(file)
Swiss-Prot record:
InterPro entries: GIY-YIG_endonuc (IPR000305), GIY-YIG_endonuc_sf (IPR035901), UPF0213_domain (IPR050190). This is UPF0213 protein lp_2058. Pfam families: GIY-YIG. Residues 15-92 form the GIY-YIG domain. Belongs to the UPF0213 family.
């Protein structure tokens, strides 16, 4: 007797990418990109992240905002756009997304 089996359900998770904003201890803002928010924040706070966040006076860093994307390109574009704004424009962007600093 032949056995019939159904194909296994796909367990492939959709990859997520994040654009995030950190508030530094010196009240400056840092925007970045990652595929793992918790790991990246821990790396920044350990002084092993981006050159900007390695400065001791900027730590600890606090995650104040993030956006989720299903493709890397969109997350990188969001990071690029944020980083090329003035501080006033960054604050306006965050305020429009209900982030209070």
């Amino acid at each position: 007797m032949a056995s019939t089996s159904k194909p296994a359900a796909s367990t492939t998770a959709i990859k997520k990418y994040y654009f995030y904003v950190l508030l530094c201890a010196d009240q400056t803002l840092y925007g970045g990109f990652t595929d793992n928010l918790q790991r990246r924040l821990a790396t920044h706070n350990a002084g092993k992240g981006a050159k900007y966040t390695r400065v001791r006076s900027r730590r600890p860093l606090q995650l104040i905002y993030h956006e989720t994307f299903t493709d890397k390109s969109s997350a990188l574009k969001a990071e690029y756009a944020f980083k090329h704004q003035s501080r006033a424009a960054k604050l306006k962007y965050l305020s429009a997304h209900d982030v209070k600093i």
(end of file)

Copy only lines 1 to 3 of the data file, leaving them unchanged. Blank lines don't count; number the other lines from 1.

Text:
Swiss-Prot record:
InterPro entries: GIY-YIG_endonuc (IPR000305), GIY-YIG_endonuc_sf (IPR035901), UPF0213_domain (IPR050190). This is UPF0213 protein lp_2058. Pfam families: GIY-YIG. Residues 15-92 form the GIY-YIG domain. Belongs to the UPF0213 family.
């Protein structure tokens, strides 16, 4: 007797990418990109992240905002756009997304 089996359900998770904003201890803002928010924040706070966040006076860093994307390109574009704004424009962007600093 032949056995019939159904194909296994796909367990492939959709990859997520994040654009995030950190508030530094010196009240400056840092925007970045990652595929793992918790790991990246821990790396920044350990002084092993981006050159900007390695400065001791900027730590600890606090995650104040993030956006989720299903493709890397969109997350990188969001990071690029944020980083090329003035501080006033960054604050306006965050305020429009209900982030209070």